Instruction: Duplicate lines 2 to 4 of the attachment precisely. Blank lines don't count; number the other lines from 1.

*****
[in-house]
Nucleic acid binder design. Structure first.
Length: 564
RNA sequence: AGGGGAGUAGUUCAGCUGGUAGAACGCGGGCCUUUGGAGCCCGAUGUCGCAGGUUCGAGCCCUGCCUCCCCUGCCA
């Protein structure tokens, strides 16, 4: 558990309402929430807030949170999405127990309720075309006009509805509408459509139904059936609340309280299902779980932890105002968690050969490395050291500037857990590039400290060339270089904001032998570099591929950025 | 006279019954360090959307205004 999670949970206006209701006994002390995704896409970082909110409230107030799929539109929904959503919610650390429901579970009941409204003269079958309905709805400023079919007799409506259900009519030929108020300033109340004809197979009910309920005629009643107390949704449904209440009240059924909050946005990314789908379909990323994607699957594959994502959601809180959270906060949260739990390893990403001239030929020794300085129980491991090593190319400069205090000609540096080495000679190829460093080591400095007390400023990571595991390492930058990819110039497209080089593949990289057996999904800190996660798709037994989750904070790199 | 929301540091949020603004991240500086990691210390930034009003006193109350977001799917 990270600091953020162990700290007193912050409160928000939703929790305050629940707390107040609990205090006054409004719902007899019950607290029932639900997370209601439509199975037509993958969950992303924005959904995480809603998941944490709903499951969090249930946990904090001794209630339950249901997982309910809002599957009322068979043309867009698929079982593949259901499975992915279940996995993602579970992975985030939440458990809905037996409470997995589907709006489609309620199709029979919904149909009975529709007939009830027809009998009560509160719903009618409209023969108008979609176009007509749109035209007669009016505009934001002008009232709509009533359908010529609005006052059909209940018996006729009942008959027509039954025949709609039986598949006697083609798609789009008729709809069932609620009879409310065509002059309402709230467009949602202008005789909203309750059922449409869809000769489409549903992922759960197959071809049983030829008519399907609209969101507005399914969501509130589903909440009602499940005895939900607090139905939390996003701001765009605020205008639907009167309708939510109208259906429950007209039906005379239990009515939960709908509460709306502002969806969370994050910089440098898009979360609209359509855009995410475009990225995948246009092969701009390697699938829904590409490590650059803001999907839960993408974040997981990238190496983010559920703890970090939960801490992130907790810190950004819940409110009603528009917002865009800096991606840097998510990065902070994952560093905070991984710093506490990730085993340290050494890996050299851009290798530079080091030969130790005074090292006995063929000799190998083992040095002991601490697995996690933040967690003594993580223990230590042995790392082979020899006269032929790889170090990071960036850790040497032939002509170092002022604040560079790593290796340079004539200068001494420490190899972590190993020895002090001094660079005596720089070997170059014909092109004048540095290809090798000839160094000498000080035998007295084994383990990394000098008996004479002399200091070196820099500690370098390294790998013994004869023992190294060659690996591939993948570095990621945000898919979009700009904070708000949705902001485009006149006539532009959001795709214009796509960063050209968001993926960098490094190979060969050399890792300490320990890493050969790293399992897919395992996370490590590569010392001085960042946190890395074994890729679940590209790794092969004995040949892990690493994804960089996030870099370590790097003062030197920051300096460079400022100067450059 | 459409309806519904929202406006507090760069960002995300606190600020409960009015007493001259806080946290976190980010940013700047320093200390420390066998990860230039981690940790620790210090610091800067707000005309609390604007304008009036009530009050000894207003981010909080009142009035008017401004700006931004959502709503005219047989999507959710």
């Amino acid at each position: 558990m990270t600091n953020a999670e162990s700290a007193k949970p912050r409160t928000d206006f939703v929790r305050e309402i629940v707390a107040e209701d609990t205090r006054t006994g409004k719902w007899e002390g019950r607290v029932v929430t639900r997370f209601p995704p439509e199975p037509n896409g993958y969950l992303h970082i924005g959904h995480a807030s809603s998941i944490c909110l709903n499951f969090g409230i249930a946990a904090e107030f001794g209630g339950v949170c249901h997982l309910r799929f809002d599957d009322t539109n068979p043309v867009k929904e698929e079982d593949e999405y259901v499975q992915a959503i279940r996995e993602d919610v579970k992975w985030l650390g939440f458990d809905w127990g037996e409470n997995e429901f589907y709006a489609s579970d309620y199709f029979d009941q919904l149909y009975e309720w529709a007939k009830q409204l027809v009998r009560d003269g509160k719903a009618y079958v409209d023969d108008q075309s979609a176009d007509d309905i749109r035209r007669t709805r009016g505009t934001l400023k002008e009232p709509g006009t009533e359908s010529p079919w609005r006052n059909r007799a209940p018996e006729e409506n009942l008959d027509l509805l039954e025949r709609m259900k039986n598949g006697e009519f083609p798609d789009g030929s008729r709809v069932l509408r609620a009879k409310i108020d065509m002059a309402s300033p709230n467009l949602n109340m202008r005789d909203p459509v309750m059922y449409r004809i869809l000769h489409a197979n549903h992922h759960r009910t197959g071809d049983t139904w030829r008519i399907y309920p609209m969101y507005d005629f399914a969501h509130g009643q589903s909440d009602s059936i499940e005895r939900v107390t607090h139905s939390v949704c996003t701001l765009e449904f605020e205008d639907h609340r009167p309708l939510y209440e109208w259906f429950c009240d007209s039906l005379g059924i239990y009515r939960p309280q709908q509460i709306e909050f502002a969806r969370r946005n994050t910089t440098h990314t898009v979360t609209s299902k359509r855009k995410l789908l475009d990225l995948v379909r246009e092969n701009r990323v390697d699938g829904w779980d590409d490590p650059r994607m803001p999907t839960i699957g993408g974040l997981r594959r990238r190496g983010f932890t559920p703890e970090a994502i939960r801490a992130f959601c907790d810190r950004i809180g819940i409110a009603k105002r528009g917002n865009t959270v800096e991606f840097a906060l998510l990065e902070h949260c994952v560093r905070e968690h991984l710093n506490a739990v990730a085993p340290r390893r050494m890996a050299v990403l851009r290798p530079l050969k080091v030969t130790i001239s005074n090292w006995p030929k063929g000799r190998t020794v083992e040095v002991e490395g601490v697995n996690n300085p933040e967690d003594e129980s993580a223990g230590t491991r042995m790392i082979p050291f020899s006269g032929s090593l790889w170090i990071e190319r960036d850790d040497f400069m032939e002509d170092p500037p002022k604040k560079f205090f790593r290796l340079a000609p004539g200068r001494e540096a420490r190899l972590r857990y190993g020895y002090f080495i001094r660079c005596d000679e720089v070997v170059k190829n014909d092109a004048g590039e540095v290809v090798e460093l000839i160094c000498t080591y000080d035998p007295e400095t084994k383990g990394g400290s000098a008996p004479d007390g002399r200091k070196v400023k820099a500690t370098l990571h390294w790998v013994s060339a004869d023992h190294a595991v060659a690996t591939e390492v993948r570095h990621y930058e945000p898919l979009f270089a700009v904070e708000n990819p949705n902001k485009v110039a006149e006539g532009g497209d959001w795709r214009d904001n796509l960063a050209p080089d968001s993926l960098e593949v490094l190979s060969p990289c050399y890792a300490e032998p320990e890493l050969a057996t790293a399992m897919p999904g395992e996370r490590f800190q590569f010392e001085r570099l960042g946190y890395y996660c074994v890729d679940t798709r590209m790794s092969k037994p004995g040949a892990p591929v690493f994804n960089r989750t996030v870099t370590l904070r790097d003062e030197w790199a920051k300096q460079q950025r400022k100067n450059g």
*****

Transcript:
Nucleic acid binder design. Structure first.
Length: 564
RNA sequence: AGGGGAGUAGUUCAGCUGGUAGAACGCGGGCCUUUGGAGCCCGAUGUCGCAGGUUCGAGCCCUGCCUCCCCUGCCA